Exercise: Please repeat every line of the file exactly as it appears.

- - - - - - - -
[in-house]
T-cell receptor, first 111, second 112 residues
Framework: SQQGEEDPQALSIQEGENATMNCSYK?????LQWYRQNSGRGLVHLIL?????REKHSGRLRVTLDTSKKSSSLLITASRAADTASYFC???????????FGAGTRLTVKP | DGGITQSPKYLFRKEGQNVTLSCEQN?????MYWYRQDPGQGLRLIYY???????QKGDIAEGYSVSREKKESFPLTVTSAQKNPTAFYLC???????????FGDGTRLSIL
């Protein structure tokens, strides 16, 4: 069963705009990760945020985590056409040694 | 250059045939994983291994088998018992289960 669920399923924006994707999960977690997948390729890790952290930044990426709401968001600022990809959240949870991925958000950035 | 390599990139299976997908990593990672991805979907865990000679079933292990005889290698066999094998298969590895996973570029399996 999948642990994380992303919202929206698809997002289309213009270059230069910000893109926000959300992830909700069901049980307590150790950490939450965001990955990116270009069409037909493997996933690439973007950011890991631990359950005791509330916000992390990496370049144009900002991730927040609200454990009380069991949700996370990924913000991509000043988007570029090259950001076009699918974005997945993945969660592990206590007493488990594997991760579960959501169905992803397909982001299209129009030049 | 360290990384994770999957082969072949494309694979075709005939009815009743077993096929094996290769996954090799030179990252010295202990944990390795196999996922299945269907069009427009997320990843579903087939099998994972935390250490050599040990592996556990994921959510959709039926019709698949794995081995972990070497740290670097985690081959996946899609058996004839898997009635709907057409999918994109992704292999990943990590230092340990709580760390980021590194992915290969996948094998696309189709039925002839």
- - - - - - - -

[in-house]
T-cell receptor, first 111, second 112 residues
Framework: SQQGEEDPQALSIQEGENATMNCSYK?????LQWYRQNSGRGLVHLIL?????REKHSGRLRVTLDTSKKSSSLLITASRAADTASYFC???????????FGAGTRLTVKP | DGGITQSPKYLFRKEGQNVTLSCEQN?????MYWYRQDPGQGLRLIYY???????QKGDIAEGYSVSREKKESFPLTVTSAQKNPTAFYLC???????????FGDGTRLSIL
């Protein structure tokens, strides 16, 4: 069963705009990760945020985590056409040694 | 250059045939994983291994088998018992289960 669920399923924006994707999960977690997948390729890790952290930044990426709401968001600022990809959240949870991925958000950035 | 390599990139299976997908990593990672991805979907865990000679079933292990005889290698066999094998298969590895996973570029399996 999948642990994380992303919202929206698809997002289309213009270059230069910000893109926000959300992830909700069901049980307590150790950490939450965001990955990116270009069409037909493997996933690439973007950011890991631990359950005791509330916000992390990496370049144009900002991730927040609200454990009380069991949700996370990924913000991509000043988007570029090259950001076009699918974005997945993945969660592990206590007493488990594997991760579960959501169905992803397909982001299209129009030049 | 360290990384994770999957082969072949494309694979075709005939009815009743077993096929094996290769996954090799030179990252010295202990944990390795196999996922299945269907069009427009997320990843579903087939099998994972935390250490050599040990592996556990994921959510959709039926019709698949794995081995972990070497740290670097985690081959996946899609058996004839898997009635709907057409999918994109992704292999990943990590230092340990709580760390980021590194992915290969996948094998696309189709039925002839």